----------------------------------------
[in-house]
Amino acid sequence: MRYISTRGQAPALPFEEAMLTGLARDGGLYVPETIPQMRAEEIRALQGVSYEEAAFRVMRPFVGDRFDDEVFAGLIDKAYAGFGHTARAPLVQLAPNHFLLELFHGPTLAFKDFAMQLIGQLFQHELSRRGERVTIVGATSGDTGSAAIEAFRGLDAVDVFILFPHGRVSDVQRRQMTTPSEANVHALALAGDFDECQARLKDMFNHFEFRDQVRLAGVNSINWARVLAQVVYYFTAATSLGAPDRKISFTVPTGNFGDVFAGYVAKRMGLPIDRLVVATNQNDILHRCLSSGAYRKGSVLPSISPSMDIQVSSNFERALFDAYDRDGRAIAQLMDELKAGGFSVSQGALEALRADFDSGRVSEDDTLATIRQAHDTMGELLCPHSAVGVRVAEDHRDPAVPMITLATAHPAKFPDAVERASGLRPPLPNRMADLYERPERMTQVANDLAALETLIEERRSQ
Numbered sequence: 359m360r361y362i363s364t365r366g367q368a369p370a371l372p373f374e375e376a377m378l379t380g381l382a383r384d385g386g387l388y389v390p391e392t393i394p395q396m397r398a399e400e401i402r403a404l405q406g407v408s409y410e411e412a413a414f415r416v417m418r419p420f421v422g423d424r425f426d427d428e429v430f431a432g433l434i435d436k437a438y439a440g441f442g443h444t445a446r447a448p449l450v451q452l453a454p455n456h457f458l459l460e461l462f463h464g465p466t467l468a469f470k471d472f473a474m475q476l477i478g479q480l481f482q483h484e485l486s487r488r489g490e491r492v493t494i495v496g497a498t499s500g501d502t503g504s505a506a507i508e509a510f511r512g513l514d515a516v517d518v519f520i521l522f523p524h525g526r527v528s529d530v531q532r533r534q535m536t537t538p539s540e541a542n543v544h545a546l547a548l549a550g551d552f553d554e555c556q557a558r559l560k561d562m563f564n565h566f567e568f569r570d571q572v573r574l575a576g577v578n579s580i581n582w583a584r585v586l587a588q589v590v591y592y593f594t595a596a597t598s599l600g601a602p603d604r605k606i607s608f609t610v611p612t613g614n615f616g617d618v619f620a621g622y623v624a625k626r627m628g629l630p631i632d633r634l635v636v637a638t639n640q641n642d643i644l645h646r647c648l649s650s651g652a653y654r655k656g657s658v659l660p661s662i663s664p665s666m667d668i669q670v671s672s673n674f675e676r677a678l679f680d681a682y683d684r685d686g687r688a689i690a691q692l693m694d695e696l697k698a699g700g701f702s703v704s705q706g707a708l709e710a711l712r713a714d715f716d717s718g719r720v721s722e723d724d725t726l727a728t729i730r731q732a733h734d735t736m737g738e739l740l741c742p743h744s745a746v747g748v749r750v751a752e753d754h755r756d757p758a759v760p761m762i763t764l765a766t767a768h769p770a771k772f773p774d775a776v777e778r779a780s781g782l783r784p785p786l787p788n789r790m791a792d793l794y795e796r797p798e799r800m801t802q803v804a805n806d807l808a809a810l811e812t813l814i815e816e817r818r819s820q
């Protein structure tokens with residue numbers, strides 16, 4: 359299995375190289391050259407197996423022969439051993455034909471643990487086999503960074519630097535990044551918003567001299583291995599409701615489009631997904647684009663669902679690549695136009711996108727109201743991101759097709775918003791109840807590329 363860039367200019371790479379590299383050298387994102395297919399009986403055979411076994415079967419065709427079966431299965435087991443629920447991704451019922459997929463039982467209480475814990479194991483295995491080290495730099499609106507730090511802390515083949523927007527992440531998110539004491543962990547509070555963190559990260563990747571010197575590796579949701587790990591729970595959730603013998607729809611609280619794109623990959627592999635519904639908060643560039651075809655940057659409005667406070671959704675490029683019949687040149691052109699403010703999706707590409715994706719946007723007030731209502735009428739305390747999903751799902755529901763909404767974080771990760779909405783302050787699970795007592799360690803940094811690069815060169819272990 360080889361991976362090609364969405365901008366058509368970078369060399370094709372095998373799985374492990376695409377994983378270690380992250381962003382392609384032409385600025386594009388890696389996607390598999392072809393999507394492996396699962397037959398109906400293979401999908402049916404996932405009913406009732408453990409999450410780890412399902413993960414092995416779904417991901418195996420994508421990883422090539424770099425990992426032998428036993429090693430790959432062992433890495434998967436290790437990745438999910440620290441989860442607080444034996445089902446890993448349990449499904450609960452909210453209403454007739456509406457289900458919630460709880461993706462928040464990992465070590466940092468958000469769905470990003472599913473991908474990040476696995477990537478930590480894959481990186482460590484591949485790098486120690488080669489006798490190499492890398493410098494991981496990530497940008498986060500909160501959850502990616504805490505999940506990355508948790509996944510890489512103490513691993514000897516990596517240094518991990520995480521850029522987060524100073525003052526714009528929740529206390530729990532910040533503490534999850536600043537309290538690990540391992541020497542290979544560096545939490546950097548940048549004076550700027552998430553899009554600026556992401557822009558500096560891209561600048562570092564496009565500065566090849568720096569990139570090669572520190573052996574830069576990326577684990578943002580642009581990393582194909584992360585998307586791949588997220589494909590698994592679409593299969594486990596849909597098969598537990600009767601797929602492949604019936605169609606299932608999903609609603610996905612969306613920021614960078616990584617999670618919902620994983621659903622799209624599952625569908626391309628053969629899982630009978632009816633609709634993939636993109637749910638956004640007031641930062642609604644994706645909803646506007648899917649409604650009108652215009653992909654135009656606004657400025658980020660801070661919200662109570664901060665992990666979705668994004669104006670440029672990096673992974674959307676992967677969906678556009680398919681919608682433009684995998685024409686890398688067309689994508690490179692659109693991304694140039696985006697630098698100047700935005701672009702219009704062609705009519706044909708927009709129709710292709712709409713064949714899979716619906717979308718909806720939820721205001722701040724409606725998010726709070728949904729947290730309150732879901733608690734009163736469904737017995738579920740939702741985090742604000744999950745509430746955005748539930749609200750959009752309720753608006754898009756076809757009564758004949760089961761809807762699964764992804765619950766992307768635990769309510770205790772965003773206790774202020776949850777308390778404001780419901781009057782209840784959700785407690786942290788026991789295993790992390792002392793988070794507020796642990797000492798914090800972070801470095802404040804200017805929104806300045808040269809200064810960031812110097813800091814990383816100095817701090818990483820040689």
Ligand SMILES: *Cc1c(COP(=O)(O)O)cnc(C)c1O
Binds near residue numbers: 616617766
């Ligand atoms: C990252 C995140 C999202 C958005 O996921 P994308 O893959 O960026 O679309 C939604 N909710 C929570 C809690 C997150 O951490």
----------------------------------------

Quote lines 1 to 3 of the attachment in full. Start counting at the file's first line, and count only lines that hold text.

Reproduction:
[in-house]
Amino acid sequence: MRYISTRGQAPALPFEEAMLTGLARDGGLYVPETIPQMRAEEIRALQGVSYEEAAFRVMRPFVGDRFDDEVFAGLIDKAYAGFGHTARAPLVQLAPNHFLLELFHGPTLAFKDFAMQLIGQLFQHELSRRGERVTIVGATSGDTGSAAIEAFRGLDAVDVFILFPHGRVSDVQRRQMTTPSEANVHALALAGDFDECQARLKDMFNHFEFRDQVRLAGVNSINWARVLAQVVYYFTAATSLGAPDRKISFTVPTGNFGDVFAGYVAKRMGLPIDRLVVATNQNDILHRCLSSGAYRKGSVLPSISPSMDIQVSSNFERALFDAYDRDGRAIAQLMDELKAGGFSVSQGALEALRADFDSGRVSEDDTLATIRQAHDTMGELLCPHSAVGVRVAEDHRDPAVPMITLATAHPAKFPDAVERASGLRPPLPNRMADLYERPERMTQVANDLAALETLIEERRSQ
Numbered sequence: 359m360r361y362i363s364t365r366g367q368a369p370a371l372p373f374e375e376a377m378l379t380g381l382a383r384d385g386g387l388y389v390p391e392t393i394p395q396m397r398a399e400e401i402r403a404l405q406g407v408s409y410e411e412a413a414f415r416v417m418r419p420f421v422g423d424r425f426d427d428e429v430f431a432g433l434i435d436k437a438y439a440g441f442g443h444t445a446r447a448p449l450v451q452l453a454p455n456h457f458l459l460e461l462f463h464g465p466t467l468a469f470k471d472f473a474m475q476l477i478g479q480l481f482q483h484e485l486s487r488r489g490e491r492v493t494i495v496g497a498t499s500g501d502t503g504s505a506a507i508e509a510f511r512g513l514d515a516v517d518v519f520i521l522f523p524h525g526r527v528s529d530v531q532r533r534q535m536t537t538p539s540e541a542n543v544h545a546l547a548l549a550g551d552f553d554e555c556q557a558r559l560k561d562m563f564n565h566f567e568f569r570d571q572v573r574l575a576g577v578n579s580i581n582w583a584r585v586l587a588q589v590v591y592y593f594t595a596a597t598s599l600g601a602p603d604r605k606i607s608f609t610v611p612t613g614n615f616g617d618v619f620a621g622y623v624a625k626r627m628g629l630p631i632d633r634l635v636v637a638t639n640q641n642d643i644l645h646r647c648l649s650s651g652a653y654r655k656g657s658v659l660p661s662i663s664p665s666m667d668i669q670v671s672s673n674f675e676r677a678l679f680d681a682y683d684r685d686g687r688a689i690a691q692l693m694d695e696l697k698a699g700g701f702s703v704s705q706g707a708l709e710a711l712r713a714d715f716d717s718g719r720v721s722e723d724d725t726l727a728t729i730r731q732a733h734d735t736m737g738e739l740l741c742p743h744s745a746v747g748v749r750v751a752e753d754h755r756d757p758a759v760p761m762i763t764l765a766t767a768h769p770a771k772f773p774d775a776v777e778r779a780s781g782l783r784p785p786l787p788n789r790m791a792d793l794y795e796r797p798e799r800m801t802q803v804a805n806d807l808a809a810l811e812t813l814i815e816e817r818r819s820q